Public Schools in Four Brazilian Cities Will Go Vegan by 2019
It’s a world first.
Schools in four Brazilian cities are going green.
But this move toward sustainability is not about building LEED-certified classrooms or innovative recycling programs. Rather, these schools are ensuring their cafeteria meals are 100% plant-based — marking the first time districts have gone entirely meat free.
The news was announced in a report from Humane Society International, which last week teamed up with public schools in the northeastern Brazilian cities of Serrinha, Barroca, Teofilandia, and Biritinga to launch the Escola Sustentável (Sustainable School) project.
The project will aim to replace all meat, dairy, and egg products with plant-based options by the end of 2019, according to the report.
“Providing our school districts with plant-based meals will help save environmental and public financial resources, allow for a future of healthy adults, and build a fair world for the animals,” said Leticia Baird, Brazilian public prosecutor for the environment in the state of Bahia, in a statement.
The Humane Society estimates that this initiative will affect 23 million meals each year.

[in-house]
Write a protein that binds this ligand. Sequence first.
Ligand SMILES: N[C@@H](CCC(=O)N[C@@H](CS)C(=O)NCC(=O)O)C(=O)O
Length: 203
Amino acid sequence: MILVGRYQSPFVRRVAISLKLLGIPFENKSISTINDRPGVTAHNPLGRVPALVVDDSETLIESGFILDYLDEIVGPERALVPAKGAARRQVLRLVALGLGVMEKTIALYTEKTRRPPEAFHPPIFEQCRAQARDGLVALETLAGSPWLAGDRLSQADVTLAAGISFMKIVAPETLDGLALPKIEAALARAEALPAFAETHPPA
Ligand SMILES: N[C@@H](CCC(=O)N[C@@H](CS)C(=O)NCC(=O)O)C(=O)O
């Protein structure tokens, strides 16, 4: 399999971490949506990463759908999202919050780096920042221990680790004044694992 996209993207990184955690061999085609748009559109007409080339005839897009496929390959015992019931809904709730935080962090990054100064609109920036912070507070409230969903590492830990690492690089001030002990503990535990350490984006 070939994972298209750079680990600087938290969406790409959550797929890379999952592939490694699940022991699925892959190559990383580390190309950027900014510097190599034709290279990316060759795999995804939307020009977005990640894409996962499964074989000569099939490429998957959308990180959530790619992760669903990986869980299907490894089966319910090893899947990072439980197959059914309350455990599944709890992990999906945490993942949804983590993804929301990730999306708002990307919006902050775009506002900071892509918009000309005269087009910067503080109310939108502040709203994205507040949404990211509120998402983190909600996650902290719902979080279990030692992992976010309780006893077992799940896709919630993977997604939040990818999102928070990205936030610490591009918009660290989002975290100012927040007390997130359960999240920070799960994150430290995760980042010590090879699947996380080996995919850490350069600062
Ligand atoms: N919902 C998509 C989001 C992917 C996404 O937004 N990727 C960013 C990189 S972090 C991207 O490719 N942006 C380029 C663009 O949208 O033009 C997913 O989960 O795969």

The four school districts, which are located in the region of Bahia in northeastern Brazil, may be the first to completely eliminate non-plant-based foods from their lunch menus, but they are not alone in fighting for environmental sustainability.
According to the Humane Society, schools in the district of Sao Paulo have celebrated Meatless Mondays since 2009 — serving more than 1 million plant-based lunches each month.
Around the world, farm-to-table programs like the Ghana School Feeding Programme; Model Vihti in Finland; Fresh Roots in Vancouver, Canada; and the Australian Organic Schools program are ensuring healthier, more sustainable meal options for students.
In the United States, plant-based lunch options have also begun to emerge across the country.
In 2017, more than 1,200 schools in New York City began to offer a vegan lunch option. That same year, in Calabasas, California, the MUSE School became the first primary or secondary school to offer a 100% plant-based menu, Huffington Post reports.
Brazil has been disproportionately affected by an obesity epidemic, despite high levels of poverty. But these cities are now showing what the next step of the fight for sustainable food systems can look like as they combat climate change, in accordance with the 11th Global Goal for Sustainable Development: sustainable cities and communities.
Global Citizen campaigns on the Global Goals, and you can join us and take action here.
“It’s an honor to have worked with city authorities, nutritionists and school cooks on the adoption and implementation of this initiative, and we’re excited to continue working closely with them to ensure the success of this program,” Sandra Lopes, food policy manager for the Humane Society International in Brazil, said in a statement.